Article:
Category Archives: Common Core

Fakebook

One of my favorite student projects these days is Fakebook! As the title suggests, students create a faux facebook page for a character, an author, a historical figure, a scientist, whomever. I love this assignment for so many reasons. It’s obviously engaging. Students love technology, and then the play on social networking? Instant motivation and engagement. Because of that, students tend to naturally differentiate this assignment. If nothing else, they practice their skills with plot and characters. But those who can tend to take this much deeper.

Check out a student’s Fakebook for Maya Angelou. She created this after working in a literature circle studying I Know Why the Caged Bird Sings. She did her own research on Angelou’s life and accomplishments to make the connections seen here. I was especially pleased to see that she’s studied the connection to Dr. Martin Luther King, Jr. because we’ve been studying him quite a bit this year.

If you choose to use Fakebook, here are some quick tips:
1. Students have to select a name, add a friend, update a status, and input profile information first. You cannot save until you do.

2. After this, have students save frequently. Computers and the Internet are unreliable.

3. Make sure students copy down their URLs in PERFECT HANDWRITING. Even my students with the best penmanship have mistaken an x for a X, a U for a V, an s for an S or a 5. If you don’t correctly record your URL, you’ll lose the work.

4.  Play the tutorial video for your students, but also watch it several times yourself.

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Filed under Book Studies, Common Core, Differentiation, Lesson Ideas, Student Engagement

Differentiated Instruction – Literature Circles

Last year, I went to a fabulous training on the Common Core ELA Standards focusing on text complexity (shout out to Jen and Empower!). I got all fired up about presenting my students with increasingly complex texts and tasks. I decided to start small and pulled a group of 5 students to study a graphic novel version of Macbeth. They did this while the rest of my students worked in literacy centers. I teach a 2 hour block, and we spend the last 30 minutes working in centers and in small teacher-led groups with me.

That went so well that by January, I’d added groups studying Maya Angelou’s I Know Why the Caged Bird Sings, Jhumpa Lahiri’s The Namesake, and Ray Bradbury’s Fahrenheit 451. All but Bradbury are exemplar texts for high school, and I matched them with my 8th graders who were reading above grade level.

This year, I started again with just Macbeth, but recently I decided all 29 of the students in my advanced class needed a good challenge, so I wrote two more studies (The Giver by Lois Lowry and The Pearl by John Steinbeck). I either created or found videos to preview each of the books for my students. Most of them can be found on my YouTube page (along with some top notch concert footage!) Check out the super cool Macbeth trailer that my genius teenage sister Kaitlin made for me. (In case you were wondering, yes, teachers can give their sisters homework. I tried. It worked.)

I asked students to take out their data cards and look at their Lexile levels and San Diego Quick reading levels. They are familiar with these scores because they have to use them twice a month when we check out library cards, but I didn’t want any “I don’t remember my level”s. I told students the Lexiles for each book and explained that for books with lower Lexiles (The Giver and The Pearl) that the assignments would be a little more complex from time to time. I told students to rank the books from 1 – 6 showing which they most wanted to read. As I did this, I reminded them that to grow as a reader, they really needed to match themselves with a book near their level. And they did! I had already decided what I wanted the groups to be, but with this guidance, my students mostly chose one of the books I wanted them to read. I had a few overly ambitious students and one or two wannabe slackers, but even so, no one was assigned a book lower than his/her 3rd choice. And since I hope to repeat these studies next quarter with different students reading different books  . . . no one really has room to complain. One girl was a little mad at me, but she got her second choice, and she did really well during her first week. I hope she keeps it up. Today we started week #2!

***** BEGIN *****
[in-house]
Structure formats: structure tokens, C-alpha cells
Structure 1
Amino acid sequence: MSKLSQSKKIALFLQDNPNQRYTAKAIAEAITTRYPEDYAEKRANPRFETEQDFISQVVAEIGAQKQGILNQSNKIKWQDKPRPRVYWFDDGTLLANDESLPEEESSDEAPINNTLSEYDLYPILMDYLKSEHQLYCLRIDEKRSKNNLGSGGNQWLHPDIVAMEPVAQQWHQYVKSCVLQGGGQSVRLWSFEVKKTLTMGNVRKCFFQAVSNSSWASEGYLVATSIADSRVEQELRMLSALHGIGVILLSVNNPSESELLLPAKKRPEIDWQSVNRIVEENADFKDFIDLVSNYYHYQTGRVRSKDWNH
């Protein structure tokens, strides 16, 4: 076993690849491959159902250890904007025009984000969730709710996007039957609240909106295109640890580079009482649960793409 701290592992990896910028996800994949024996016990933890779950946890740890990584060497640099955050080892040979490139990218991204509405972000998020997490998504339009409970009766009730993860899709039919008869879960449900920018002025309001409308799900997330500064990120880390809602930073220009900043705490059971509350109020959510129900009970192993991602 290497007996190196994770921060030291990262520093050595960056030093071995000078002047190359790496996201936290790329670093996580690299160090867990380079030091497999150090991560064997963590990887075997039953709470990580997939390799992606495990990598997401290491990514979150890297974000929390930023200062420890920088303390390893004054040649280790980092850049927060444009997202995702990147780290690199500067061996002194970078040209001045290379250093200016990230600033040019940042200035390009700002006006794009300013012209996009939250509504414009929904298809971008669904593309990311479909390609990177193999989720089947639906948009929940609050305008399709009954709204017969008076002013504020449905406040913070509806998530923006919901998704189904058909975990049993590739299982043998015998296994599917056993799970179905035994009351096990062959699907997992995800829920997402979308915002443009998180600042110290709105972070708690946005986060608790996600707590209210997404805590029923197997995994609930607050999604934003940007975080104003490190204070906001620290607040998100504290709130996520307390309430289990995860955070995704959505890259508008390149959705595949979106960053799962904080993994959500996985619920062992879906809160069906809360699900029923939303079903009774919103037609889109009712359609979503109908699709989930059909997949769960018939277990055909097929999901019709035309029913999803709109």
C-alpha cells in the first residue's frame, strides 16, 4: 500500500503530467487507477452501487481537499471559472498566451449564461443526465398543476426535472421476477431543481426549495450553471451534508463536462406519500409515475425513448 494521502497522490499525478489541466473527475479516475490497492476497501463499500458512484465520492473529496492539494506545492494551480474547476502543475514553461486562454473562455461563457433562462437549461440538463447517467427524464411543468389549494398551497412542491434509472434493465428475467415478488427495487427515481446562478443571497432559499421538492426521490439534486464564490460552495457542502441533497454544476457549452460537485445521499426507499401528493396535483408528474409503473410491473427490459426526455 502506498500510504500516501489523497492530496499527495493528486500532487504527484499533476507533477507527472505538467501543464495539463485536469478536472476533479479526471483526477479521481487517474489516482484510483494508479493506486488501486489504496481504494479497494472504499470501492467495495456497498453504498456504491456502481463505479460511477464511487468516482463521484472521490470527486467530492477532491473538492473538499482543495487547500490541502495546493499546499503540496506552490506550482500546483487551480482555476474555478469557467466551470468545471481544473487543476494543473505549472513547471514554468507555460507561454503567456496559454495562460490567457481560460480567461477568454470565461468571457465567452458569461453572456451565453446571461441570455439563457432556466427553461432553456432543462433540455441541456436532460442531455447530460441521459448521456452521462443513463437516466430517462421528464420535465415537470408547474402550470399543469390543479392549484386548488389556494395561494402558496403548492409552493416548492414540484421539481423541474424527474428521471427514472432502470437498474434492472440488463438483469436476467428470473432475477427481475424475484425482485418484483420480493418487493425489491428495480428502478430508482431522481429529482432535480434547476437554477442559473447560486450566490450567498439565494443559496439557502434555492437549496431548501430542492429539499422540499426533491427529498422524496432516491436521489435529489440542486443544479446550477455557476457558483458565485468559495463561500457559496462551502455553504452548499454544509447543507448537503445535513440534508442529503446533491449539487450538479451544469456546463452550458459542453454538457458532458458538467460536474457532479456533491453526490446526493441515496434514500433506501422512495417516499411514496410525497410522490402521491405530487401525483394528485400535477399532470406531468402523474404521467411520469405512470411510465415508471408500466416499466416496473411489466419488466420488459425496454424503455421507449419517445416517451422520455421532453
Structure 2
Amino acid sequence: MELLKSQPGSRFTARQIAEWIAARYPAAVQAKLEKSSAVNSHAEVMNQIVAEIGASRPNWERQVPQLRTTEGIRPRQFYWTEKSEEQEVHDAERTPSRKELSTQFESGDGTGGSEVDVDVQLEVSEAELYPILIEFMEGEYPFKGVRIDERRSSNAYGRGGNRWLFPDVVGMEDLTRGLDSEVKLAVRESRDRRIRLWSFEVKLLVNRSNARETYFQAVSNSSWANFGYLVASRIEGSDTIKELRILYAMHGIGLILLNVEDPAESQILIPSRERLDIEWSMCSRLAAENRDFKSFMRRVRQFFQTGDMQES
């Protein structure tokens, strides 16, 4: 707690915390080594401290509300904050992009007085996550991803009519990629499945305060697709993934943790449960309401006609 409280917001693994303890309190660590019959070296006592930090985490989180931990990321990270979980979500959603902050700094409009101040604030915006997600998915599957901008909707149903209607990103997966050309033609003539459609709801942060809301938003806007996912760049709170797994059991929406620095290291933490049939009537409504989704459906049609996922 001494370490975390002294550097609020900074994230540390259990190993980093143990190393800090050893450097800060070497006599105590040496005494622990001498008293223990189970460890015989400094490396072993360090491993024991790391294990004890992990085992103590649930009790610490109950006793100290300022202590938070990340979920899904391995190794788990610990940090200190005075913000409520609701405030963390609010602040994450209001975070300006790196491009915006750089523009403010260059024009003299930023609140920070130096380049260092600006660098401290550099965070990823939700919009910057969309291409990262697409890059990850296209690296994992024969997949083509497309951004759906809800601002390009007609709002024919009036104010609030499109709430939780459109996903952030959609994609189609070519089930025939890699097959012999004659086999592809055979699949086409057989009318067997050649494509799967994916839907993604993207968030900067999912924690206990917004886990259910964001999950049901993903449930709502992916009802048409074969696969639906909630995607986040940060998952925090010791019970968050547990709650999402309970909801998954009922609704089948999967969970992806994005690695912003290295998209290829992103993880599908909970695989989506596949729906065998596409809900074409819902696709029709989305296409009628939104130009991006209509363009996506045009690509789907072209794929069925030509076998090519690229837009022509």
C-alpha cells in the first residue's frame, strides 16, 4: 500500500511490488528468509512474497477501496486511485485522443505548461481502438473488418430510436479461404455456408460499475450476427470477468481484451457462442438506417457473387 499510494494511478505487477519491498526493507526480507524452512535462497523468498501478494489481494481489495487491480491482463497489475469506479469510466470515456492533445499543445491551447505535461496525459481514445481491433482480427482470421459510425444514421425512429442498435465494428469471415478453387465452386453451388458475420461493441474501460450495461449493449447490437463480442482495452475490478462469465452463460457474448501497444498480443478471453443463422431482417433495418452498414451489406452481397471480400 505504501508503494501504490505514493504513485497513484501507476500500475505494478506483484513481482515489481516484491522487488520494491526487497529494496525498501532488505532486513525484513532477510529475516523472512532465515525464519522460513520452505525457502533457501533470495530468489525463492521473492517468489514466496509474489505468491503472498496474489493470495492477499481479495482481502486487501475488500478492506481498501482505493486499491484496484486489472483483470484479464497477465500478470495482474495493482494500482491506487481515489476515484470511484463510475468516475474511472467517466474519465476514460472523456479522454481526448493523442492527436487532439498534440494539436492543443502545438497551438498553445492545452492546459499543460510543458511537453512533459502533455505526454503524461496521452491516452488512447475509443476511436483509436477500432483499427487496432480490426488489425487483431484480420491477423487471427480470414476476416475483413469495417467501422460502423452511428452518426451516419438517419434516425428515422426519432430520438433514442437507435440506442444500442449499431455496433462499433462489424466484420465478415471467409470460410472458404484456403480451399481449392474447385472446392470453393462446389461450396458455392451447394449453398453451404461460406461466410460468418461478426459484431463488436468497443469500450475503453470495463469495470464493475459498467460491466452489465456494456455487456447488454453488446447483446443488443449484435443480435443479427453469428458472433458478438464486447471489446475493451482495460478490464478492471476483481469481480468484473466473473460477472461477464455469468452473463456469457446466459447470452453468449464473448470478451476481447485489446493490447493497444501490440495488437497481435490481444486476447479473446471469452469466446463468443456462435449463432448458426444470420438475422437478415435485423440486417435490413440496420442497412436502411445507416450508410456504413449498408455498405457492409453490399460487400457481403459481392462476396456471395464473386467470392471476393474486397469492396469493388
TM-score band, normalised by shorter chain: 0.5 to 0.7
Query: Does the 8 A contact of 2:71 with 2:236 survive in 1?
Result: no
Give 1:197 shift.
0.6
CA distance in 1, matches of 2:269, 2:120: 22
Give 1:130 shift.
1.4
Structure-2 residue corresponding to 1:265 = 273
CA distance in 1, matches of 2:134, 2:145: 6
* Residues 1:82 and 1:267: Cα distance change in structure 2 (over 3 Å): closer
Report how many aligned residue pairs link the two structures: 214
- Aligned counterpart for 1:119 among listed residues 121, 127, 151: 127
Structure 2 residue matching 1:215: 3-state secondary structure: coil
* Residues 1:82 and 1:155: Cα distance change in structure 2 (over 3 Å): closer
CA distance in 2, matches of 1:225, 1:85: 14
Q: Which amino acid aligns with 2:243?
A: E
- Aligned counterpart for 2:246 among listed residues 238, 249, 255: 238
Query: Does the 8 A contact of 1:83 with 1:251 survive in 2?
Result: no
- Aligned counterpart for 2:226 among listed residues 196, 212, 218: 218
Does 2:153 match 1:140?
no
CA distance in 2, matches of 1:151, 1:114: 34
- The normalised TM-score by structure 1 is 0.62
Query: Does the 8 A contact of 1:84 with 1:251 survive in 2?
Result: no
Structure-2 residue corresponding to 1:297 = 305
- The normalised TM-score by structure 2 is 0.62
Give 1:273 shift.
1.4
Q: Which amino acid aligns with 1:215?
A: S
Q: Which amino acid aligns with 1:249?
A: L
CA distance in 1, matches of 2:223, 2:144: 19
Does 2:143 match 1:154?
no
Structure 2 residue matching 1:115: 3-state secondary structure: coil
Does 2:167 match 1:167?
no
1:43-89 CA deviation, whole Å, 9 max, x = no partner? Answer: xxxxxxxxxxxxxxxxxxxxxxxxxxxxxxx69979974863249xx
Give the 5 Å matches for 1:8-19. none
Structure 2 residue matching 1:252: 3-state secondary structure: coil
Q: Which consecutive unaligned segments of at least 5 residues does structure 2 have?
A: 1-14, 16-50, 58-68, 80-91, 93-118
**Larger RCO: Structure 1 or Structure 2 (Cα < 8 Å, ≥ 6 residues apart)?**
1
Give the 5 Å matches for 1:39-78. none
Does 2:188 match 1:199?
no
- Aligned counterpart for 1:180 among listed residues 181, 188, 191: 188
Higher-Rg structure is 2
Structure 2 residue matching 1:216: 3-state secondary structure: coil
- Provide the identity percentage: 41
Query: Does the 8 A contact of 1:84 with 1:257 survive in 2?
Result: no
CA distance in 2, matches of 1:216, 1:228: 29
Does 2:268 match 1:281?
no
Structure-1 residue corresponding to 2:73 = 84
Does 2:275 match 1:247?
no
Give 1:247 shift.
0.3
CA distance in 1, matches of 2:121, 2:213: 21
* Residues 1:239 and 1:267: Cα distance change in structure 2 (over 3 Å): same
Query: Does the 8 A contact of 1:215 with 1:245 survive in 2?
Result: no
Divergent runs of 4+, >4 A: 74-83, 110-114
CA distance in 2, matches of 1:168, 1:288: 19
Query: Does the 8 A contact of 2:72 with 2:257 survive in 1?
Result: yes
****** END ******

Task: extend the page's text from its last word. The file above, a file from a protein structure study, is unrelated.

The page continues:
I’m going to post a free link to one of my studies … The Pearl. I also have weekly rubrics for each group, but I’m still revising those. Any feedback is appreciated!

 

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Filed under Book Studies, Common Core, Differentiation

“Reading Like a Detective and Writing Like an Investigative Reporter”

I think I fall a little more in love with the Common Core Standards everyday. The more I am exposed to them and study them, the more I learn about teaching. I’m so thrilled that elementary students will be learning science and social studies again. And the ELAS show such a respect for authentic literature that I get goosebumps. I mean, doesn’t everyone? I can’t be alone here . . . or maybe I am. 🙂

Today was my first contracted day of work this year in my district. As a part of our professional development, our staff watched a handful of videos where David Coleman discusses 6 exciting instructional shifts that we’ll be implementing with the new standards. This video provides an overview. It’s a bit long, but it’s a must-see for all American teachers (even you Texans and Alaskans holding out on adopting the standards).

Have you started exploring the Common Core yet? Are you overwhelmed? excited? nervous? skeptical? What are you thoughts?

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Filed under Common Core